Blog or website – what’s the difference?

Please note: This is the first post in a series of posts on the general topic “What is a blog?”  The series includes the following posts:
– Blog or website – what’s the difference?
Some key features of blogs : Part 1 : Creation; Structure and technical aspects
Some key features of blogs : Part 2 : Content; Community and relationship building
Some key features of blogs : Part 3 : Blogs and websites sometimes overlap; Advantages of blogs; Some concerns about blogs
Some key features of websites : Part 1: Creation; Structure and technical aspects; Content;
Some key features of websites : Part 2 : Authority; Website and blog overlaps; Advantages of websites; Some concerns about websites
– Blog or website?  Your conclusions!

Blog or website – what’s the difference?  Do I need one?  What’s best for me?

What is a blog (or weblog, as it was originally known)?  And how is it different from a website?  Or from all those other things on the internet, like ezines, online news sites, wikis, forums, and social network micro-blogs like Twitter? All of these are options for creating content and communicating, to one degree or another, on the internet. You can check out details about some of these internet information and communication sources in this blog’s glossary, but in this particular series of posts, we will narrow the discussion to blogs and websites.

Frankly, there are a lot of opinions about this issue!  Most opinions/definitions either come from either a technology viewpoint, or from a user viewpoint.  For example, at problogger, we read this idea:

A company has a website.  That website talks to customers.  A person has a blog.  That blog talks to people.  It’s a matter of attitude, not of technology.  Yes, this is a gross simplification.  But it gets right to the heart of the matter.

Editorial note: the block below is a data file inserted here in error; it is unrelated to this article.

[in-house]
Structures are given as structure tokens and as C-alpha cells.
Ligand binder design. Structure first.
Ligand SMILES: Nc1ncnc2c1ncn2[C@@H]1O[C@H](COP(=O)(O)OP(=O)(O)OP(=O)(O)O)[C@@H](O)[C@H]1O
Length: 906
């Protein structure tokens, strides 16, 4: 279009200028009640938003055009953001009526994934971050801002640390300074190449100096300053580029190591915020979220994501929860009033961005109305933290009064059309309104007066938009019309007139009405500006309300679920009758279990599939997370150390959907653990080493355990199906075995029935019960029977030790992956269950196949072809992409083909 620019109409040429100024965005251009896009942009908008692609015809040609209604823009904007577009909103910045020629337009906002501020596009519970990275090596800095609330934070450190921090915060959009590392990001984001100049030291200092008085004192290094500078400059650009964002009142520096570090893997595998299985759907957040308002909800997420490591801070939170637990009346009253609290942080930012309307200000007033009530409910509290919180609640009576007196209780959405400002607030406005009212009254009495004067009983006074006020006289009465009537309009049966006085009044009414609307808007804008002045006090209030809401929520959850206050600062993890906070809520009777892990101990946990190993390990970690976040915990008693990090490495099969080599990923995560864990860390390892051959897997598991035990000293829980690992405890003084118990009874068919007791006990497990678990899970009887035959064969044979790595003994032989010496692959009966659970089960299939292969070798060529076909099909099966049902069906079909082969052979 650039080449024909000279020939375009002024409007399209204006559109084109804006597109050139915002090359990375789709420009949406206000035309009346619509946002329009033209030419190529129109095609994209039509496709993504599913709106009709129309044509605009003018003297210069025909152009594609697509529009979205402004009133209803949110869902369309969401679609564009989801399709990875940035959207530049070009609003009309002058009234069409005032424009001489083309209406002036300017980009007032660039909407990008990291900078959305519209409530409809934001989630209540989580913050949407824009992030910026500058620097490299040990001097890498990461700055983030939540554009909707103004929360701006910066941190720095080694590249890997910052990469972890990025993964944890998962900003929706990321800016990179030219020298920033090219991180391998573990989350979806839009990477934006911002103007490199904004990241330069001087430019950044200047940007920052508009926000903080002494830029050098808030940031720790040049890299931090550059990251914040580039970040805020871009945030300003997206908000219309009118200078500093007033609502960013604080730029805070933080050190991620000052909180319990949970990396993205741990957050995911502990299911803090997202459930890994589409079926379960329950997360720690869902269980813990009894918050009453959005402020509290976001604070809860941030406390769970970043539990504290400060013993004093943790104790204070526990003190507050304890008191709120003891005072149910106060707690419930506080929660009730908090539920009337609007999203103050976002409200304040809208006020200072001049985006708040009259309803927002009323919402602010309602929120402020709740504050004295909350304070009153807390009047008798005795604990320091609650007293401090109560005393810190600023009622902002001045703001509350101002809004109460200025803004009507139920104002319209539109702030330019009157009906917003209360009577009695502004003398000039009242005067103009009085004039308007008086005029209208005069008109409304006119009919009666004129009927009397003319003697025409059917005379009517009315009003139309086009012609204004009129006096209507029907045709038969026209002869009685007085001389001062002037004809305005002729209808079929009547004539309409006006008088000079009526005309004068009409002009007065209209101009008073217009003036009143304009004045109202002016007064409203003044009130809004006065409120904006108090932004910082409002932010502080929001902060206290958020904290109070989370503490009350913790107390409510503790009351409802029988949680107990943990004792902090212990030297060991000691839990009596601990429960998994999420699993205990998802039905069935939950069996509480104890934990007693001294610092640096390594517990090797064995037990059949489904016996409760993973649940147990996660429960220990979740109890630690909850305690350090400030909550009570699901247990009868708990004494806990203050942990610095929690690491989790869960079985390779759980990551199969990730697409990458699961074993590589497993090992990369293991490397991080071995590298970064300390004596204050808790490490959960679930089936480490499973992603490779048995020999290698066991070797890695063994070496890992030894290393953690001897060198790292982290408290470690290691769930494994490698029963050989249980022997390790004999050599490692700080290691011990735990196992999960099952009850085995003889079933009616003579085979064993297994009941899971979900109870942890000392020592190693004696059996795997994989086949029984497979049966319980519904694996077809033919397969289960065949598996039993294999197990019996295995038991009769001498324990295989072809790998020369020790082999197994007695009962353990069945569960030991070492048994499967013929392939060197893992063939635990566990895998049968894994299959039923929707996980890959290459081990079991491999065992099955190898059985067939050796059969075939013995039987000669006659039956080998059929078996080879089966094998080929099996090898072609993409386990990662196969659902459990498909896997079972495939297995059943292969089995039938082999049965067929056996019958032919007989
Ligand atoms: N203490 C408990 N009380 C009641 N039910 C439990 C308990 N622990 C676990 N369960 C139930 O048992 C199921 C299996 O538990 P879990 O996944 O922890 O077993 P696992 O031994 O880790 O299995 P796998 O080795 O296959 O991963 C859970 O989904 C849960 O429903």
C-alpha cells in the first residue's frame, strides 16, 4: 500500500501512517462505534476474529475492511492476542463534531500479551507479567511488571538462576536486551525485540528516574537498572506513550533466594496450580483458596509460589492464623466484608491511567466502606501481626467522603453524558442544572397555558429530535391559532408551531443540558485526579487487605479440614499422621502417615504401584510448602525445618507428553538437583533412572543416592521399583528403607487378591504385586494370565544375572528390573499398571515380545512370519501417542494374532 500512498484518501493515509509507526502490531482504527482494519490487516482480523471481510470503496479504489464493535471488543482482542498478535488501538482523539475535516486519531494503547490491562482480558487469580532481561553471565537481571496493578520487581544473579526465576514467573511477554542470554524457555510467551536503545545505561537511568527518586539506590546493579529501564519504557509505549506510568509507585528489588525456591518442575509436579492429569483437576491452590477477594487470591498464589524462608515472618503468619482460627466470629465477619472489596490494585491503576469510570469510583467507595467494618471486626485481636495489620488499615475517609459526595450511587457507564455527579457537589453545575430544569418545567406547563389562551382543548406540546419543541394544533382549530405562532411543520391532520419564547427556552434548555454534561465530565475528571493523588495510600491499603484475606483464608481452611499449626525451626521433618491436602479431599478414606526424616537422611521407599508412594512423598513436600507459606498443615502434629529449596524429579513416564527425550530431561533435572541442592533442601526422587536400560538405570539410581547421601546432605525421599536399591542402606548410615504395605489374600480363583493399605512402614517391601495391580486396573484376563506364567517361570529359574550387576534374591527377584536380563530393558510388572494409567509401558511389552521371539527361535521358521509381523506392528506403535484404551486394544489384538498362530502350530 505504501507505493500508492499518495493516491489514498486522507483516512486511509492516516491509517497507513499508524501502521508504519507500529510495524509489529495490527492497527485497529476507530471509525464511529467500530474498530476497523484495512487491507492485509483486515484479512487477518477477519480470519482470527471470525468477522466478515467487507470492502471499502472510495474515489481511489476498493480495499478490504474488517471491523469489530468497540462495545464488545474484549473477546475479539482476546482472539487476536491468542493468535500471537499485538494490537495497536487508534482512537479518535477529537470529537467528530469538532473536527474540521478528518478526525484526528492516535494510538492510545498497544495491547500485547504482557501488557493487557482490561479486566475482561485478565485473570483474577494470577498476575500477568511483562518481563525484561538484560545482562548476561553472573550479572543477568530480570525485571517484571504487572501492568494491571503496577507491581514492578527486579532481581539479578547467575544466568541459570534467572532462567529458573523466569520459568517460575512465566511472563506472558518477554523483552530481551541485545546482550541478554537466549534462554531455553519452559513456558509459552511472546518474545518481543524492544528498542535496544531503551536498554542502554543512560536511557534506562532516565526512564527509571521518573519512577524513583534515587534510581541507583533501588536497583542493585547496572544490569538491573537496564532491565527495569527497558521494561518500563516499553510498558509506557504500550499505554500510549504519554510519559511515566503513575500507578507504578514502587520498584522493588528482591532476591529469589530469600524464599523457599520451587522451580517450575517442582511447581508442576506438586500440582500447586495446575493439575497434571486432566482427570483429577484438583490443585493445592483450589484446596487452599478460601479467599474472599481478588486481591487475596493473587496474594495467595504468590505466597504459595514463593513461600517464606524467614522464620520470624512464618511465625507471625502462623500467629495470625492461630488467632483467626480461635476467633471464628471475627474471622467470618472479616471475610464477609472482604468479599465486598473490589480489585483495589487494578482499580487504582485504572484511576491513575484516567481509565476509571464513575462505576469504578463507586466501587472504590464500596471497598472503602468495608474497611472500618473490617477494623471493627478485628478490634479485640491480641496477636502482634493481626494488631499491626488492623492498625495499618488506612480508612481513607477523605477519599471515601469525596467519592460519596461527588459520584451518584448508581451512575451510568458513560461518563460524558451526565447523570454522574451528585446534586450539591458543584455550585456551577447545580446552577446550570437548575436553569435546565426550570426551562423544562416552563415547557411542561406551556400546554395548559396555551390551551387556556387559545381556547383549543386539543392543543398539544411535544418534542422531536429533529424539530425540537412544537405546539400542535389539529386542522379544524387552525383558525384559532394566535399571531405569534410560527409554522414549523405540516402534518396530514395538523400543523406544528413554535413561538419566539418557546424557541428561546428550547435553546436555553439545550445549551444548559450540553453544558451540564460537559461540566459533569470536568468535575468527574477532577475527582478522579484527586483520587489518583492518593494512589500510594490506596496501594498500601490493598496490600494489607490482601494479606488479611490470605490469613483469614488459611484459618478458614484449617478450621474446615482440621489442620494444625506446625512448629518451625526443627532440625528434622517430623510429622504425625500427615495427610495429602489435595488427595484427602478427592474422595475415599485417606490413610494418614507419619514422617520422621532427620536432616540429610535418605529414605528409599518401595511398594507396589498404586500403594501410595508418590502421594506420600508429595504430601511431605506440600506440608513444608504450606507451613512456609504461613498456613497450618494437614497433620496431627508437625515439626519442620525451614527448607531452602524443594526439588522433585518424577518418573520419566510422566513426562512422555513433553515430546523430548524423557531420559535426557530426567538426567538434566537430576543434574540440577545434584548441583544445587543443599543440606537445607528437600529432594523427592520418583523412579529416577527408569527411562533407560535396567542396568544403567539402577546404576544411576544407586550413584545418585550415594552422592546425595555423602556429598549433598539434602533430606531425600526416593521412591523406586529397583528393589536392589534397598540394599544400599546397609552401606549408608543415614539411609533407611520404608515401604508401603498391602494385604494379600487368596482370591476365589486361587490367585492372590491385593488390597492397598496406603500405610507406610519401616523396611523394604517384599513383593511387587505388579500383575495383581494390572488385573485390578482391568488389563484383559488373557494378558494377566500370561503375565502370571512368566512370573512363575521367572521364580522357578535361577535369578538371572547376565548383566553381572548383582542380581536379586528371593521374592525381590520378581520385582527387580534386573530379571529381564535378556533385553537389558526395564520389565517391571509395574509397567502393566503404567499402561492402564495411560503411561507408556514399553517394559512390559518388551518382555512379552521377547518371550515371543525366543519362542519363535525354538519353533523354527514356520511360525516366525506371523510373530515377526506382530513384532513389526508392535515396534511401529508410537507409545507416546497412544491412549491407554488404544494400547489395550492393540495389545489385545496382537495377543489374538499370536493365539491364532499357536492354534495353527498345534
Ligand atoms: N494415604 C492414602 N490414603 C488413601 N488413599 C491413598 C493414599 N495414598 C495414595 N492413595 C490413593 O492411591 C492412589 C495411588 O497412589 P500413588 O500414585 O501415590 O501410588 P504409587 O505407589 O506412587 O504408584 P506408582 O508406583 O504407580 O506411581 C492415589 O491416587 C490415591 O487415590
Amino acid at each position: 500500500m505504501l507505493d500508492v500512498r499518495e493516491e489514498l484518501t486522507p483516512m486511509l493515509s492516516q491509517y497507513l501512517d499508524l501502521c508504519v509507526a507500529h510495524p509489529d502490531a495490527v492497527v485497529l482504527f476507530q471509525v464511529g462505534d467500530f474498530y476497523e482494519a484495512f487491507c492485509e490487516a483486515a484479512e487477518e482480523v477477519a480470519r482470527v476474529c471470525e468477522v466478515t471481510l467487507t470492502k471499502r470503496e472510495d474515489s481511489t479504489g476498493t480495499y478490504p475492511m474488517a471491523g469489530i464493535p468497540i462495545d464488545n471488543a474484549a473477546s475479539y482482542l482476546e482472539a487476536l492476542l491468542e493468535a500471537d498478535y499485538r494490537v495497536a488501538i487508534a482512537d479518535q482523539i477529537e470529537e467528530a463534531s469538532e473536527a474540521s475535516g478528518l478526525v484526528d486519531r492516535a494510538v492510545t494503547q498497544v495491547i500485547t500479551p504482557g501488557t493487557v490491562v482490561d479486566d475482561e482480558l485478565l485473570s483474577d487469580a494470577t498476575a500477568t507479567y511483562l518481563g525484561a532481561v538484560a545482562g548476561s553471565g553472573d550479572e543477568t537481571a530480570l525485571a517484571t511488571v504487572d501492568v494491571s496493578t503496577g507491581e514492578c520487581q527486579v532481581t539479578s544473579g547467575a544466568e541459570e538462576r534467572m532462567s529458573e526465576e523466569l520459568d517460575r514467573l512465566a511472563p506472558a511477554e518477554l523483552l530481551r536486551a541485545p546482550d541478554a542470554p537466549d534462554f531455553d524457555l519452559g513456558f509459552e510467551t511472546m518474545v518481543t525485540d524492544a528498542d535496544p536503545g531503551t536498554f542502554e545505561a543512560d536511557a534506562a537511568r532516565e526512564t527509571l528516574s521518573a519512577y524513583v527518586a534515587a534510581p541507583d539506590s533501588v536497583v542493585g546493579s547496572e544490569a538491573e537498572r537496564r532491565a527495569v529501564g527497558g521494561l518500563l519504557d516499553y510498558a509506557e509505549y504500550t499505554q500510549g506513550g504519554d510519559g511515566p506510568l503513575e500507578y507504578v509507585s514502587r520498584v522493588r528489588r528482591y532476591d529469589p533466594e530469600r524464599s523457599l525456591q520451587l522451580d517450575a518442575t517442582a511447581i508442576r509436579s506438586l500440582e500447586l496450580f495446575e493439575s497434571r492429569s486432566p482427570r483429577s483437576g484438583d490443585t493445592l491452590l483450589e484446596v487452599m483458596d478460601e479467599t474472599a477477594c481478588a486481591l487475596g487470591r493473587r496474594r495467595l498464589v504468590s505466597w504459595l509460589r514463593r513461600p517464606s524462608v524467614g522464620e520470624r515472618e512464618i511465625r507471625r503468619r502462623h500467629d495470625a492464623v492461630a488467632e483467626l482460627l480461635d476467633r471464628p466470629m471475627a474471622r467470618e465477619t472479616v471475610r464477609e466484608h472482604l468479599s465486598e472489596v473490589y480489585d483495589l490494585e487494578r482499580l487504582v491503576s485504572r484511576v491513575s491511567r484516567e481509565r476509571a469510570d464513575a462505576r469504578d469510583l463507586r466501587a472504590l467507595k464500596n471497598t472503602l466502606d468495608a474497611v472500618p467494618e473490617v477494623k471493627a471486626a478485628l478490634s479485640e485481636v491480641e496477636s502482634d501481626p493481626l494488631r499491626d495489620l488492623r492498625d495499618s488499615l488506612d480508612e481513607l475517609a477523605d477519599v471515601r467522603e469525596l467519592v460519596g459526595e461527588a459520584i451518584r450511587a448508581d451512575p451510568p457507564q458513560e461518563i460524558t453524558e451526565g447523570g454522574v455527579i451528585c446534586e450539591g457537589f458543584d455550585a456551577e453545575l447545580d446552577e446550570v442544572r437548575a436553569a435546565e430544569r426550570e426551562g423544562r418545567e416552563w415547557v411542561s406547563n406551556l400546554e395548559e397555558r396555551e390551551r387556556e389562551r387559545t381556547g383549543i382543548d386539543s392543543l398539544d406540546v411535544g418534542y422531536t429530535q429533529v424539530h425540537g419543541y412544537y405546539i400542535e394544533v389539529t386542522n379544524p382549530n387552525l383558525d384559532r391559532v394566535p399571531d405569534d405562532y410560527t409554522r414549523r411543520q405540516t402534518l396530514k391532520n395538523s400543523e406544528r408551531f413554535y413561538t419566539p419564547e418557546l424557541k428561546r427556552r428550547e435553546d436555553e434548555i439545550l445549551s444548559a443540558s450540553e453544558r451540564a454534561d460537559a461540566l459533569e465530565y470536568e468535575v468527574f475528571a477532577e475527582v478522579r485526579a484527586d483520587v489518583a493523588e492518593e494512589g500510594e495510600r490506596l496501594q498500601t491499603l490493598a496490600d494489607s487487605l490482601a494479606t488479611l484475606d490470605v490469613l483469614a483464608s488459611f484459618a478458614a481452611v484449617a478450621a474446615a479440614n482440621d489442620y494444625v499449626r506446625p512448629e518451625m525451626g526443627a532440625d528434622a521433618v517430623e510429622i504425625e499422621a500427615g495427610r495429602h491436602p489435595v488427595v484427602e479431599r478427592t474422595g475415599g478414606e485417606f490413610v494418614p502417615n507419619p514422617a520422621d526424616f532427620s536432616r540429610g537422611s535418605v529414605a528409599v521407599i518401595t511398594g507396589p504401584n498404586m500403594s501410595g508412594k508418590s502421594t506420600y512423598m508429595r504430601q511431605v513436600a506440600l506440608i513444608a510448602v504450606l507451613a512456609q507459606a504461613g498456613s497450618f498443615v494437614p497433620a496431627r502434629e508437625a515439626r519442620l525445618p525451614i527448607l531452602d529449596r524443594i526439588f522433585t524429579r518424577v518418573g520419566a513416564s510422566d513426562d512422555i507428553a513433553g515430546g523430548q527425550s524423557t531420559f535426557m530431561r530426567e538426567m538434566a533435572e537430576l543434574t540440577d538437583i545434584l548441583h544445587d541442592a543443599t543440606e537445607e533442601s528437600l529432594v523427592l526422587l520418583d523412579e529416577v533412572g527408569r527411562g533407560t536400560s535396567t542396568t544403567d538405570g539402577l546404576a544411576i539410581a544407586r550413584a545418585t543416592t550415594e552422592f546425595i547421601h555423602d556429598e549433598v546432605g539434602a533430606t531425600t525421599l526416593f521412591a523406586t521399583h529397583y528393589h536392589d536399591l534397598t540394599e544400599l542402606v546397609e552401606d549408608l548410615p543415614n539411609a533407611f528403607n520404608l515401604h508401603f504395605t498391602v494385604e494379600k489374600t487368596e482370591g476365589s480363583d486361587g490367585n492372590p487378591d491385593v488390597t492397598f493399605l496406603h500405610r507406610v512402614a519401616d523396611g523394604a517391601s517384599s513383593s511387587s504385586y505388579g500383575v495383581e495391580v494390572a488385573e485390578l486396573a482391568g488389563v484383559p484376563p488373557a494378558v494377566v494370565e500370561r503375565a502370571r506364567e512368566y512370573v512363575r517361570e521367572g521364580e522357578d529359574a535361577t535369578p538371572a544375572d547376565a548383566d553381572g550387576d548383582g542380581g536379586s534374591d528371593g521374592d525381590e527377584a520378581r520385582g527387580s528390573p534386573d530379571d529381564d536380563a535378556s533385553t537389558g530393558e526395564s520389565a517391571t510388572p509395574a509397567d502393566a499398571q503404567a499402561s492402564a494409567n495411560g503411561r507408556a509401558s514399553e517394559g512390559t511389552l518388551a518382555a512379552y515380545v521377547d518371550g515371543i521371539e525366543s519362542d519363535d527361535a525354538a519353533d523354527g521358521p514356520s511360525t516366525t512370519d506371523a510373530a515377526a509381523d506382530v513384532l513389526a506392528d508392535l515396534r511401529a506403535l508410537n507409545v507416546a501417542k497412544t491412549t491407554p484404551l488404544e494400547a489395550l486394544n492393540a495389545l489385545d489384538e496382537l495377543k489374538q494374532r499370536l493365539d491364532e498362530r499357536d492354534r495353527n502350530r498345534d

However, if you go on to read the comments in response to this post, you will find that a lot of people see it differently.

Basically, from my observations, I would say that blogs are a kind of website, or at least they evolved from websites, though some folks would argue about that; many websites are now adding blogs; many blogs are now adding website features; and sometimes it is difficult to tell whether a site is a website or a blog … or both.   Confused yet?

As another example, at contentious.com, Amy Gahran describes the difference this way:

In fact, they started out converged.  After all, a blog is nothing more than a kind of website supported by a content management system that provides a useful collection of features:  Comments, a permalink for each post, categories, tags, a home page where the latest content automatically appears on top and earlier stuff scrolls down, etc.

“Pardon? What?” I hear you groaning.  Okay, let’s cut through the jargon and try to sort this out bit by bit!  Keep coming back to read the rest of the posts in this series.  See you again tomorrow.

Question :  Do some of the terms in this post puzzle you?  You’ll find simple definitions for many of them in this site’s glossary. (Remember, if a word or phrase is blue or underlined, you can click on it to find out more information).

Tip of the day :  When you read an interesting blog post, check out the comments at the bottom, too.  And be sure to add your input to the conversation (or start it, if no one else has commented yet) – click on “Leave a Comment.”  Find more information on how to interact with us here.

Put it into action :  If coming back to this site everyday to see what’s new seems like a lot of work, why not subscribe to our RSS feed.  Just click on the red “RSS – posts” button in the column to the right, and follow the instructions you receive.  Every time we publish a new post, you will be notified in your RSS feed.  (In future posts, we’ll give you more ways to subscribe.  Try out different ways, and see what works best for you).

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